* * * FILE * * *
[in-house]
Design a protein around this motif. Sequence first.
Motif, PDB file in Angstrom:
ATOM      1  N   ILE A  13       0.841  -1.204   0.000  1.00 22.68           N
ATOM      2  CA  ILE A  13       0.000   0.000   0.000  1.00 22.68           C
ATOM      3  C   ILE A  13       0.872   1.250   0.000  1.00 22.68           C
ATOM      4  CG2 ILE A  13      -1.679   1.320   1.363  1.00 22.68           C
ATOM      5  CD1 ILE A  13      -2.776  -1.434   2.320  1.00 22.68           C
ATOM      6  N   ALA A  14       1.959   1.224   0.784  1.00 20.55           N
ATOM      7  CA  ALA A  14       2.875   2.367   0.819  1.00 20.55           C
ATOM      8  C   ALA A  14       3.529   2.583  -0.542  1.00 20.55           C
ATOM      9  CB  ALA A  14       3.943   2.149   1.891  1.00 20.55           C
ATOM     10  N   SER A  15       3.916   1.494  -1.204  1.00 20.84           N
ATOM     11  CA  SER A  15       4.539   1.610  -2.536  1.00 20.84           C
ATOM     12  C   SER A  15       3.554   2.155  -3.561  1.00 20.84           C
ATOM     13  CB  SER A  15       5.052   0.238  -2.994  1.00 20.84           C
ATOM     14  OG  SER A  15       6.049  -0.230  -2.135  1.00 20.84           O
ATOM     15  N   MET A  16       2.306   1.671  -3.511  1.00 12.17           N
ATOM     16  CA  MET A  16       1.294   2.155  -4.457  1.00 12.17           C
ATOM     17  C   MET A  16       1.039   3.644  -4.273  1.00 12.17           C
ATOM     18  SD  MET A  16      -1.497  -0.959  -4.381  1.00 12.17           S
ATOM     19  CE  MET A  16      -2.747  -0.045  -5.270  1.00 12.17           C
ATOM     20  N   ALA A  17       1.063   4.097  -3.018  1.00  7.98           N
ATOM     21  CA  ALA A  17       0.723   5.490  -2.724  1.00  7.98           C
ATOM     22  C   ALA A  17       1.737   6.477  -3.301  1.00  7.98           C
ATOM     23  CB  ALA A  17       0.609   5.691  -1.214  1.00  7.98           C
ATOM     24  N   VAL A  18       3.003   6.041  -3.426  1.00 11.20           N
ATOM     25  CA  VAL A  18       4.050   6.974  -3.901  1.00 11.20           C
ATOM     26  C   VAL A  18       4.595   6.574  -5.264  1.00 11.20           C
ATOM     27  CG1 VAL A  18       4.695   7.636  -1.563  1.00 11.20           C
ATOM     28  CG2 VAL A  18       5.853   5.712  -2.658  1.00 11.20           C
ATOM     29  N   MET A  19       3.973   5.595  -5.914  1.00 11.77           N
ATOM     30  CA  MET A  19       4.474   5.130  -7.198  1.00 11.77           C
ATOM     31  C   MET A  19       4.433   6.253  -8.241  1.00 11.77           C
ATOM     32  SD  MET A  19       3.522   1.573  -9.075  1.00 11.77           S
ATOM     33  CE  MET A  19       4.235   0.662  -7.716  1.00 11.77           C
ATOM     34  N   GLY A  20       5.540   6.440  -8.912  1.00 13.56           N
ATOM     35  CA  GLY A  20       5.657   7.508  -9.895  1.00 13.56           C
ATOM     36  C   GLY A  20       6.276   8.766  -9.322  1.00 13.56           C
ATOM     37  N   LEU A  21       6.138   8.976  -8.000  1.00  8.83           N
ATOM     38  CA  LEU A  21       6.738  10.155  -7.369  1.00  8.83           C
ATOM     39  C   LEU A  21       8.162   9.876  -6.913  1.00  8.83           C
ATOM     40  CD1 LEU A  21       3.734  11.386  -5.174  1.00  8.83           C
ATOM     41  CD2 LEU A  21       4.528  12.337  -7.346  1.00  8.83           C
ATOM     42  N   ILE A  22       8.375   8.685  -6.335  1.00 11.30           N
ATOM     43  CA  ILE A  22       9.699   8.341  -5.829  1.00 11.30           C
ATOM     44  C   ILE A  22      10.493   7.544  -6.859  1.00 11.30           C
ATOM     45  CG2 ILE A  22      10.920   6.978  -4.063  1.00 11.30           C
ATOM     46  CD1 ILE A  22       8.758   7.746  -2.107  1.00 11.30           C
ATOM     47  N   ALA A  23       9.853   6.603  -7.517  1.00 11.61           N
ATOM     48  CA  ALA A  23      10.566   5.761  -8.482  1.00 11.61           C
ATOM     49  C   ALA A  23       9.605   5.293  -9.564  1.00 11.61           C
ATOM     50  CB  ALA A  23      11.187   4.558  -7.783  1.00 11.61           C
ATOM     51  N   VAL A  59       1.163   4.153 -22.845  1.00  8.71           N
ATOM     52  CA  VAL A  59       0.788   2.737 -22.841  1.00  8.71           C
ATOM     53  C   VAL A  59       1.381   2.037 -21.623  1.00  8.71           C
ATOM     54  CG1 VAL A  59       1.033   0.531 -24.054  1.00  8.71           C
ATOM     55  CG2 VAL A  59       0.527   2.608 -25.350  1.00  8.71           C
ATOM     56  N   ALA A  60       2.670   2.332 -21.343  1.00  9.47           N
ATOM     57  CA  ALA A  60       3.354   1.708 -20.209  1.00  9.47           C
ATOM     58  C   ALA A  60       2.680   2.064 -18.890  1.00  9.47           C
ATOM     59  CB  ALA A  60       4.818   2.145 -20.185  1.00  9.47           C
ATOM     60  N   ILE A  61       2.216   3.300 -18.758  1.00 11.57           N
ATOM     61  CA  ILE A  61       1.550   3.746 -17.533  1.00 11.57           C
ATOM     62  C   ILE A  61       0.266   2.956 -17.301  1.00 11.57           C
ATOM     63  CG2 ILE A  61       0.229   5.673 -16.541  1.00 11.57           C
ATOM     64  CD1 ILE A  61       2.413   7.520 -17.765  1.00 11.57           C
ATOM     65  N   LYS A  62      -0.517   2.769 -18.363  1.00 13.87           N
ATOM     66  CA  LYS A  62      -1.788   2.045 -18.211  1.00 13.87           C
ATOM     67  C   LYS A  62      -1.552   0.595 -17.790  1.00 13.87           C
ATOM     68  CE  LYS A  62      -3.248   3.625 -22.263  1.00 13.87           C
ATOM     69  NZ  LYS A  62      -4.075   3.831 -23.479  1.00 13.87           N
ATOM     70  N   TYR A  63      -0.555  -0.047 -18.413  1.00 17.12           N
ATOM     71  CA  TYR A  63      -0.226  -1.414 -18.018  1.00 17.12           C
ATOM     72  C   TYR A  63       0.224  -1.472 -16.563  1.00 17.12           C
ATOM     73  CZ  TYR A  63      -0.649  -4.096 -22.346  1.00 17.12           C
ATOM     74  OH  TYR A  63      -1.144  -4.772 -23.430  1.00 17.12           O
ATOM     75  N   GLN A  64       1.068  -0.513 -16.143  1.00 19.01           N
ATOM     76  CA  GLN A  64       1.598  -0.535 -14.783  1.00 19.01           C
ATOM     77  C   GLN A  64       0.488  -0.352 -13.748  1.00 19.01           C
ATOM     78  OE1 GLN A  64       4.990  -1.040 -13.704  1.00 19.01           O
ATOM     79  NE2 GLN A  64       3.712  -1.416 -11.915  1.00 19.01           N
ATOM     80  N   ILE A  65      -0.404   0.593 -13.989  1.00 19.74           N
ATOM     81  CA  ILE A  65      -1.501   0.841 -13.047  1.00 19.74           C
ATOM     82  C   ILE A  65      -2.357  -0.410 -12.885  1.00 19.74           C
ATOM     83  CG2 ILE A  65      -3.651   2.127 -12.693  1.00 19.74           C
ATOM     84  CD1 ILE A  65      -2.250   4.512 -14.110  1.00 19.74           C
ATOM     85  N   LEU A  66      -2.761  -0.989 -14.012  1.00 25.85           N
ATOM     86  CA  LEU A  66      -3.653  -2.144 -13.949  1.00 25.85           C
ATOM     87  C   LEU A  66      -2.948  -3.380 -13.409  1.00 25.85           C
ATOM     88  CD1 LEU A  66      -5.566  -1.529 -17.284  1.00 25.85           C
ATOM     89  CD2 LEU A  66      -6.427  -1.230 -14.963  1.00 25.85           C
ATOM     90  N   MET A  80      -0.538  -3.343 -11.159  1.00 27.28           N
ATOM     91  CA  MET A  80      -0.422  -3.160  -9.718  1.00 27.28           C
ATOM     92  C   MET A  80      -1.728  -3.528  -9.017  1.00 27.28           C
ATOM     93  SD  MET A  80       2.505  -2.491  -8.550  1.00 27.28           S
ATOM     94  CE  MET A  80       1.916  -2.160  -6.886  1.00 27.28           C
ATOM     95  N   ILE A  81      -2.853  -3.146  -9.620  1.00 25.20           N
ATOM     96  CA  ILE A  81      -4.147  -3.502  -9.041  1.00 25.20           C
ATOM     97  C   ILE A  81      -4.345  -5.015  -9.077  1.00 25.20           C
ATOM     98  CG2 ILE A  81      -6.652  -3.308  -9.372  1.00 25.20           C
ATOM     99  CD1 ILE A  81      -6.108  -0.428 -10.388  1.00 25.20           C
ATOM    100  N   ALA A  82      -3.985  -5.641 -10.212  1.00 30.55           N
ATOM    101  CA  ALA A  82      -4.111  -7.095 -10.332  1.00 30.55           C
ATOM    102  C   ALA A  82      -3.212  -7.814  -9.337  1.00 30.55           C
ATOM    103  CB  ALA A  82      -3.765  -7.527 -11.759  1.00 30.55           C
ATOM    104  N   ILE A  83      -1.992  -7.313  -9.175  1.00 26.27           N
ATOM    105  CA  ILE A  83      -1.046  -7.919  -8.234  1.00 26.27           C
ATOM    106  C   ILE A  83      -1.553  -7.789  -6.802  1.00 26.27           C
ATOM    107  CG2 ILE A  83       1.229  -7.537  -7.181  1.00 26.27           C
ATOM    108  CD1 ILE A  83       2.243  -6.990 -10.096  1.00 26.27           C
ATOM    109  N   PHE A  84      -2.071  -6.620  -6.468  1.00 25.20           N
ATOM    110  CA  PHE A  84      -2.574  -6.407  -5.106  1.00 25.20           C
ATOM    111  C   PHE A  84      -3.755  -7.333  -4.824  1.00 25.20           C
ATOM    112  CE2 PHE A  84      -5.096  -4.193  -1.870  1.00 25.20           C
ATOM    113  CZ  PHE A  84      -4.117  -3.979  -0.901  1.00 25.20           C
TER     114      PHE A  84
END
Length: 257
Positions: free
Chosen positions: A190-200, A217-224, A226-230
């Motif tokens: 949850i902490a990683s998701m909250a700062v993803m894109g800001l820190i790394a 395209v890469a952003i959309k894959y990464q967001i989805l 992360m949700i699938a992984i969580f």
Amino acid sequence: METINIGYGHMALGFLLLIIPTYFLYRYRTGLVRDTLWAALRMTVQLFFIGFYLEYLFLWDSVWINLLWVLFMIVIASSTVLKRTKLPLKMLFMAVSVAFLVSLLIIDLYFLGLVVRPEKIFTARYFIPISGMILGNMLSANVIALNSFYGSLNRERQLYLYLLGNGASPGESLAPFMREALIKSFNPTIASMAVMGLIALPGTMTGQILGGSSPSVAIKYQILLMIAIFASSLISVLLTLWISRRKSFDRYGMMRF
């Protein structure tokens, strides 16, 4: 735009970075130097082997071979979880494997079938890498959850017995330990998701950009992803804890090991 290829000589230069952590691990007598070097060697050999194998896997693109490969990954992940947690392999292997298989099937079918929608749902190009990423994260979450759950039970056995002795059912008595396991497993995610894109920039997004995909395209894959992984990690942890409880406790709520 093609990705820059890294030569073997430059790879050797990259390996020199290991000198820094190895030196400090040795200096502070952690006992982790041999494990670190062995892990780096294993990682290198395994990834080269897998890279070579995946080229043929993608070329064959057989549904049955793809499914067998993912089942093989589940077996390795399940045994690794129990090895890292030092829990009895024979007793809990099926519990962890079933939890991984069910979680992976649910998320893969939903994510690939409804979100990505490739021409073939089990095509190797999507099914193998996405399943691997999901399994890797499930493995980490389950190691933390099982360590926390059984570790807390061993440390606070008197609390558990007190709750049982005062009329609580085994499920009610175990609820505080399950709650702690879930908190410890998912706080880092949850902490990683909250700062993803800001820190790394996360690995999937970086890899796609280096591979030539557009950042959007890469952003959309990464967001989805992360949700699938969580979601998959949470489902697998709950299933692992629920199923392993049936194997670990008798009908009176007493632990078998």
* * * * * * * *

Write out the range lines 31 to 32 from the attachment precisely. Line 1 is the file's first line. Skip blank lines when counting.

ATOM     28  CG2 VAL A  18       5.853   5.712  -2.658  1.00 11.20           C
ATOM     29  N   MET A  19       3.973   5.595  -5.914  1.00 11.77           N